By searching the Google Ngram corpus — a collection of millions of books, newspapers, webpages and speeches published between 1500 and 2008 — we can now determine the frequency of word usage over the centuries. This data shows that most religious and spiritual words have been declining in the English-speaking world since the early 20th century.
One might expect a meaty theological term like “salvation” to fade, but basic moral and religious words are also falling out of use. A study in The Journal of Positive Psychology analyzed 50 terms associated with moral virtue. Language about the virtues Christians call the fruit of the spirit — words like “love,” “patience,” “gentleness” and “faithfulness” — has become much rarer. Humility words, like “modesty,” fell by 52 percent. Compassion words, like “kindness,” dropped by 56 percent. Gratitude words, like “thankfulness,” declined by 49 percent.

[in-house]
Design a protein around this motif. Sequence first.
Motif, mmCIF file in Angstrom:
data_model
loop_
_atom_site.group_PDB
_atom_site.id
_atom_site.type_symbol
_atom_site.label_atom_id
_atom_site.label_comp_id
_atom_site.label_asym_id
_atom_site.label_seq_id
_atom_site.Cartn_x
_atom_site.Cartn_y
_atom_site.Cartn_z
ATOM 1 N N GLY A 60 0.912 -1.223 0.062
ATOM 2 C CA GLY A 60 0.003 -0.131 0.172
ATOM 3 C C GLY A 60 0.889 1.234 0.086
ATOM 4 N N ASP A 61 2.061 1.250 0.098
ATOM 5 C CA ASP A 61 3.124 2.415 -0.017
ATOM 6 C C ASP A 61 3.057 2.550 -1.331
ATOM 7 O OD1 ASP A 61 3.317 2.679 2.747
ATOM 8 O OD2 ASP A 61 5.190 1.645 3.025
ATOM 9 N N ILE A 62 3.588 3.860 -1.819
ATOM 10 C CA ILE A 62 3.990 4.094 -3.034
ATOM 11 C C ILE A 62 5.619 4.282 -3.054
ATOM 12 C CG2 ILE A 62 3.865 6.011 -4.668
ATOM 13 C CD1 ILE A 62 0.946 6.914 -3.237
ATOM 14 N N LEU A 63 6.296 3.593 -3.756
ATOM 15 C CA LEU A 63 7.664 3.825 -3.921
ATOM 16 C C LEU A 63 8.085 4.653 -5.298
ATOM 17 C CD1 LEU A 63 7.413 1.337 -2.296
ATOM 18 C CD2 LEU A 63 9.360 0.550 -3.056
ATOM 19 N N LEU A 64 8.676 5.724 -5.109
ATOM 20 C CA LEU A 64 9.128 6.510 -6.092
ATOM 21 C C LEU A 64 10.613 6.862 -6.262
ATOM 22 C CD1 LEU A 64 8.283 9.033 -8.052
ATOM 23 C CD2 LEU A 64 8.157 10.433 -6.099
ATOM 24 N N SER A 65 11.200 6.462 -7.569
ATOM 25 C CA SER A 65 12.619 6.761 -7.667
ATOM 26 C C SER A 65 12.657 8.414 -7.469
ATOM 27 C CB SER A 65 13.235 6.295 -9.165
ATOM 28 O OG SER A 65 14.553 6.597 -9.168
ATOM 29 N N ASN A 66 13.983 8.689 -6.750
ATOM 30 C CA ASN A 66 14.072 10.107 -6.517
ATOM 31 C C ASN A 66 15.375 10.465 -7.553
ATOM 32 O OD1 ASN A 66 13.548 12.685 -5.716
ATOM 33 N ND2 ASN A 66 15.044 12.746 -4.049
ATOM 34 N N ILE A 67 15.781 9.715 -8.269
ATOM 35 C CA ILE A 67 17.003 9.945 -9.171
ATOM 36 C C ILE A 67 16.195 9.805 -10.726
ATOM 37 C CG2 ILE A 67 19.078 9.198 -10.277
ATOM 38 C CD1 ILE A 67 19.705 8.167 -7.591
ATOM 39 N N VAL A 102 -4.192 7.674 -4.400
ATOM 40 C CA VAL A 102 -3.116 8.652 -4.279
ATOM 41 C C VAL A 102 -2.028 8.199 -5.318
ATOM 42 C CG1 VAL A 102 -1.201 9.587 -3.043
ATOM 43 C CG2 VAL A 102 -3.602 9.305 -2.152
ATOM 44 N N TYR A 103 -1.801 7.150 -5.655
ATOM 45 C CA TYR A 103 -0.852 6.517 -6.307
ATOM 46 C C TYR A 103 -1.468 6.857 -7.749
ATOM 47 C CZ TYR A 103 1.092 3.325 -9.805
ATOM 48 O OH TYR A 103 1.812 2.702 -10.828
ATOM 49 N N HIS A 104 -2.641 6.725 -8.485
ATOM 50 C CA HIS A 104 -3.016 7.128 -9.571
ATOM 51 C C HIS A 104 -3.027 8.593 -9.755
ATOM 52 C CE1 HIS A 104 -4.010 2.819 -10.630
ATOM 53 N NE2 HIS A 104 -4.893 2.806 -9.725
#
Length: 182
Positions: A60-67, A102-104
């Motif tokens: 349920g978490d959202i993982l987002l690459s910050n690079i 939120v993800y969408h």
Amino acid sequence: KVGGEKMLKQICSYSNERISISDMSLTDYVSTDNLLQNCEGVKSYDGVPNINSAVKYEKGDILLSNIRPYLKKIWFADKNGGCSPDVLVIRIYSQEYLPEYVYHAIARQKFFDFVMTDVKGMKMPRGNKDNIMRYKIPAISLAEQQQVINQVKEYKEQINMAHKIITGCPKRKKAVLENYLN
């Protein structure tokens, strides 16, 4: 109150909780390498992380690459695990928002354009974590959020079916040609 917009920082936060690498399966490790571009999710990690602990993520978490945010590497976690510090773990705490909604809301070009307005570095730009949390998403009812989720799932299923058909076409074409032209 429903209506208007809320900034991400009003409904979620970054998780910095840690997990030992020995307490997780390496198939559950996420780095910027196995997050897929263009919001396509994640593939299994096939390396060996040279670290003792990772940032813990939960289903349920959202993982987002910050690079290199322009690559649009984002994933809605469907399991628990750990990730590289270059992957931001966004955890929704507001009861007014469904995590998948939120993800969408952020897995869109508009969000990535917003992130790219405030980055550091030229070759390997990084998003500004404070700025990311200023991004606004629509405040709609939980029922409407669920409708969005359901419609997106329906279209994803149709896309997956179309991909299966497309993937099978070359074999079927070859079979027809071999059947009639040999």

A decline in religious language and a decrease in spiritual conversations does not necessarily mean that we are in crisis, of course. But when you combine the data about the decline in religious rhetoric with an emerging body of research that reveals how much our linguistic landscape both reflects and affects our views, it provides ample cause for alarm.
I would argue that words like “patience,” “kindness” and “modesty” are not Christian words, certainly, but it probably is alarming if we as a society no longer use — or no longer have need to use — some of these terms.